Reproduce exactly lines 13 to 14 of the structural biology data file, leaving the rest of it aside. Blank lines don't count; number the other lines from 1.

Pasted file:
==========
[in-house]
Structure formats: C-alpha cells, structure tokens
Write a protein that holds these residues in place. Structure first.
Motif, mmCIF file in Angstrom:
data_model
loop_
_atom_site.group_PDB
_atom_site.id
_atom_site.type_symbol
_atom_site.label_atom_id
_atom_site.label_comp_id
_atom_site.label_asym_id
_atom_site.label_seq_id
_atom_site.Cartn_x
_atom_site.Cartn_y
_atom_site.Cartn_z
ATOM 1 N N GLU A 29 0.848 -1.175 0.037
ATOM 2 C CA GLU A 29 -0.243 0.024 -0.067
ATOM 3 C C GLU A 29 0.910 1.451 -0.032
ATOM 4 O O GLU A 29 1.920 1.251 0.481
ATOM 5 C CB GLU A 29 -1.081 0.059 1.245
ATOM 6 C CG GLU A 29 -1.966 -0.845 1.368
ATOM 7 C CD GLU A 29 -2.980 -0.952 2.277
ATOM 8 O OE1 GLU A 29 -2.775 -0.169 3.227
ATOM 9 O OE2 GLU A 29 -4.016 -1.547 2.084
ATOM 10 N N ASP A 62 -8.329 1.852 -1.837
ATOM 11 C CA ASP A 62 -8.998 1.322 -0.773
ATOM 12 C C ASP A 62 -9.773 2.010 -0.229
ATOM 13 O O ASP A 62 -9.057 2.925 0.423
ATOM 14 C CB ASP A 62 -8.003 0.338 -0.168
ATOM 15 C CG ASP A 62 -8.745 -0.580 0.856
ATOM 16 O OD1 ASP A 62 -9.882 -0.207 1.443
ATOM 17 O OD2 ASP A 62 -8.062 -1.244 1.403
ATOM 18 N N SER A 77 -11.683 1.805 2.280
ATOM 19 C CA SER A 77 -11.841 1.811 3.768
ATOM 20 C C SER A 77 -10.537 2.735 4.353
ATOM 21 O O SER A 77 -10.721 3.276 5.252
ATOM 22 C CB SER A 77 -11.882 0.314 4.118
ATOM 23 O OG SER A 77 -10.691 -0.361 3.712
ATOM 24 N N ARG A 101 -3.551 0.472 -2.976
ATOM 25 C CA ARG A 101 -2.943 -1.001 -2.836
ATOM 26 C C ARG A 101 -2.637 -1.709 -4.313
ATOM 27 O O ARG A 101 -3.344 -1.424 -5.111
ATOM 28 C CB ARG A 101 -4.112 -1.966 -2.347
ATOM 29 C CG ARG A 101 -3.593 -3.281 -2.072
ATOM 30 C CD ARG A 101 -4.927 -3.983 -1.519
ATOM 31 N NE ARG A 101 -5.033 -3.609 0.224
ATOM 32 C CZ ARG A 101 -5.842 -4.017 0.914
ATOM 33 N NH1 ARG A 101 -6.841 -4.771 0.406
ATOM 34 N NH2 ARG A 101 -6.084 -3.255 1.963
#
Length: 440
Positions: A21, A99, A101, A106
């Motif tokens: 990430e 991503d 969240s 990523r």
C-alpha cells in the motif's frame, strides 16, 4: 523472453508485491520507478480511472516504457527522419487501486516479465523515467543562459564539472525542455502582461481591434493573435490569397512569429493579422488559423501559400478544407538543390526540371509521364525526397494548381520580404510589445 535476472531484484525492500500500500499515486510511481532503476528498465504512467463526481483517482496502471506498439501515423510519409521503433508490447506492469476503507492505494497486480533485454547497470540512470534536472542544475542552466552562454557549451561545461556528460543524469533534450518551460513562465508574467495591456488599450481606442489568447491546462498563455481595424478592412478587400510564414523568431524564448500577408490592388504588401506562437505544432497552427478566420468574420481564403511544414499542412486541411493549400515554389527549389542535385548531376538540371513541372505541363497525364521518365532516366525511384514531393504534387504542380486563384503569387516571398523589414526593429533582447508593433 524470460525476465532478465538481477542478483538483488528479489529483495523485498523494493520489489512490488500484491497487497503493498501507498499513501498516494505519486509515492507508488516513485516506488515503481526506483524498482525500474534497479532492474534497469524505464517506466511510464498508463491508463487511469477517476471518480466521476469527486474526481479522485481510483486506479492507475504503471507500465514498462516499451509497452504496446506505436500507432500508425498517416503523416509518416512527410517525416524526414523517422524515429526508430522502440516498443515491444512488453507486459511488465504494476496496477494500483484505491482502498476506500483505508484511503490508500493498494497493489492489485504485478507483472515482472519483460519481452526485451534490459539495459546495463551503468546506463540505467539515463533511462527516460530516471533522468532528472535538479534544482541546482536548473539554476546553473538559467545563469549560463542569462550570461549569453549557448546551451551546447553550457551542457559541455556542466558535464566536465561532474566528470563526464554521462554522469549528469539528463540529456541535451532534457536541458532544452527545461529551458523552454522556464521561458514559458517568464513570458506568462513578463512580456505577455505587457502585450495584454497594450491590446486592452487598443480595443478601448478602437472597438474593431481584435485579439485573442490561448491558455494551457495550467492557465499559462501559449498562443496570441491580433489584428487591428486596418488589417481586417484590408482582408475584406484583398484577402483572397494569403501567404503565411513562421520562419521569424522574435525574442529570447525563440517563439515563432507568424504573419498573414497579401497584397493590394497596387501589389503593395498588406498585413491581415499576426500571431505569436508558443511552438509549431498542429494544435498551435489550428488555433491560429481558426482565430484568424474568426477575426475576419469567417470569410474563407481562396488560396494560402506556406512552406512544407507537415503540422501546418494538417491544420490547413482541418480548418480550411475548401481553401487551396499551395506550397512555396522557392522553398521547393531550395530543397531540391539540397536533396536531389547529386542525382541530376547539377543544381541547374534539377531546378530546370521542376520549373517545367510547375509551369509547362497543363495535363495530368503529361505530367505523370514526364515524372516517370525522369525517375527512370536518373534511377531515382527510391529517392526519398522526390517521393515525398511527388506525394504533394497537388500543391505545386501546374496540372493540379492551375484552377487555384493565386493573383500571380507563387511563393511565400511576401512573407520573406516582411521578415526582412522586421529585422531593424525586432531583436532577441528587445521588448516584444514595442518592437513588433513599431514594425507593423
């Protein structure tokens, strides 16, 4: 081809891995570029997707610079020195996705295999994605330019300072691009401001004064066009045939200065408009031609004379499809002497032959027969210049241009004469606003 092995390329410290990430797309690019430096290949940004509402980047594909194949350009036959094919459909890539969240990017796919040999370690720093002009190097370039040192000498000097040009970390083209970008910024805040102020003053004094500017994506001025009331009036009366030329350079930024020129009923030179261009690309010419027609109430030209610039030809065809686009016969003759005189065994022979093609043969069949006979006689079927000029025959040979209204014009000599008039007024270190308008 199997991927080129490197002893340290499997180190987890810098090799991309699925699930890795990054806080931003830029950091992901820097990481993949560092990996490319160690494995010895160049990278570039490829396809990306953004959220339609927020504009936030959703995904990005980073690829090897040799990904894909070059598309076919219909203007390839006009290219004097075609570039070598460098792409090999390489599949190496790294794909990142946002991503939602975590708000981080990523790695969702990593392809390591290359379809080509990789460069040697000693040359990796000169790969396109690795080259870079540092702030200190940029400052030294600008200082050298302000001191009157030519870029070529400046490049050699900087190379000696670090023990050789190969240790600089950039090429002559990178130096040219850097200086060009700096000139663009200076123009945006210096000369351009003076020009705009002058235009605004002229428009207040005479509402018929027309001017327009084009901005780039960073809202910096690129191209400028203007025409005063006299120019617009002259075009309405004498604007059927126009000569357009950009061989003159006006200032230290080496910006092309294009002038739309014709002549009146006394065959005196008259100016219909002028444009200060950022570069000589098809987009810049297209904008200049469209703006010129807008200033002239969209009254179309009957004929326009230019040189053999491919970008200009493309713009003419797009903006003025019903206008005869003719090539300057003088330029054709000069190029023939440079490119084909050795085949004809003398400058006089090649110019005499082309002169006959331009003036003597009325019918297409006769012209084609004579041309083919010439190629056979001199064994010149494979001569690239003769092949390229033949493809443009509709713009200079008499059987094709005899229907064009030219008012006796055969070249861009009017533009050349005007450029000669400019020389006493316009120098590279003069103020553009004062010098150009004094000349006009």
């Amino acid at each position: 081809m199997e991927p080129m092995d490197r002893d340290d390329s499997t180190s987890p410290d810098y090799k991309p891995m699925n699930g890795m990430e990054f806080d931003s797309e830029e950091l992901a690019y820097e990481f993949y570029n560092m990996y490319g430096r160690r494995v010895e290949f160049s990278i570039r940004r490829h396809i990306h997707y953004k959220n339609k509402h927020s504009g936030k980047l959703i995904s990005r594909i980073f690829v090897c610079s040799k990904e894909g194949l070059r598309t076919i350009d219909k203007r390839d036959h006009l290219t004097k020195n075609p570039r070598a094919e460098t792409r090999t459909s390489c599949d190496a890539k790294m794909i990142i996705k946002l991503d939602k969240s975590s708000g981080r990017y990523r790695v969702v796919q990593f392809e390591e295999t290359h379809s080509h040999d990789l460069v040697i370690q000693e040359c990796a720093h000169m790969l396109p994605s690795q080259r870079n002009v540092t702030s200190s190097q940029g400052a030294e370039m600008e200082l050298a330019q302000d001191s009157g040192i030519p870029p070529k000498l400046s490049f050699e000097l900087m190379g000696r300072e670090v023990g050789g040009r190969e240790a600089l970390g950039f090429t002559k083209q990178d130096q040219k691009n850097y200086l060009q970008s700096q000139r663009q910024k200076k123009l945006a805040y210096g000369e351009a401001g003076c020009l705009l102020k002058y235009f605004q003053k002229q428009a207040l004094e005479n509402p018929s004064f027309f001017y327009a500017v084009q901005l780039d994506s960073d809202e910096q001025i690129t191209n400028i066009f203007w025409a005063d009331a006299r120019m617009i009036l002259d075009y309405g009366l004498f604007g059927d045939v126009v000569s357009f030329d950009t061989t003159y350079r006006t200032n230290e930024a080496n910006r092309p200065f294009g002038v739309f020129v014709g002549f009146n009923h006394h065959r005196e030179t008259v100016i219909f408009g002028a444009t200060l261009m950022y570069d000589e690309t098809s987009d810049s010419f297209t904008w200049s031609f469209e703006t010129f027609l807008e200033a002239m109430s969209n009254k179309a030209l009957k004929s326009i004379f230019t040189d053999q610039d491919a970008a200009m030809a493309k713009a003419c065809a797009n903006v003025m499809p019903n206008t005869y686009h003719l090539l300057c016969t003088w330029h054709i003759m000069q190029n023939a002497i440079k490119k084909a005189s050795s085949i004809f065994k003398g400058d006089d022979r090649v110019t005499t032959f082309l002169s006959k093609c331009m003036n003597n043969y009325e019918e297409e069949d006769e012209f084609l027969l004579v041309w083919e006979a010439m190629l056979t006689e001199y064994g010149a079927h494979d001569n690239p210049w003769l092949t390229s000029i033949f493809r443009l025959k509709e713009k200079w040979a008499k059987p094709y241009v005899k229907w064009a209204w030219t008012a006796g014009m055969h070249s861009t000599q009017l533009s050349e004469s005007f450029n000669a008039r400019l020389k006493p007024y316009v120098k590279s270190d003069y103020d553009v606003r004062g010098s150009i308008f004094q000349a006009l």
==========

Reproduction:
_atom_site.label_seq_id
_atom_site.Cartn_x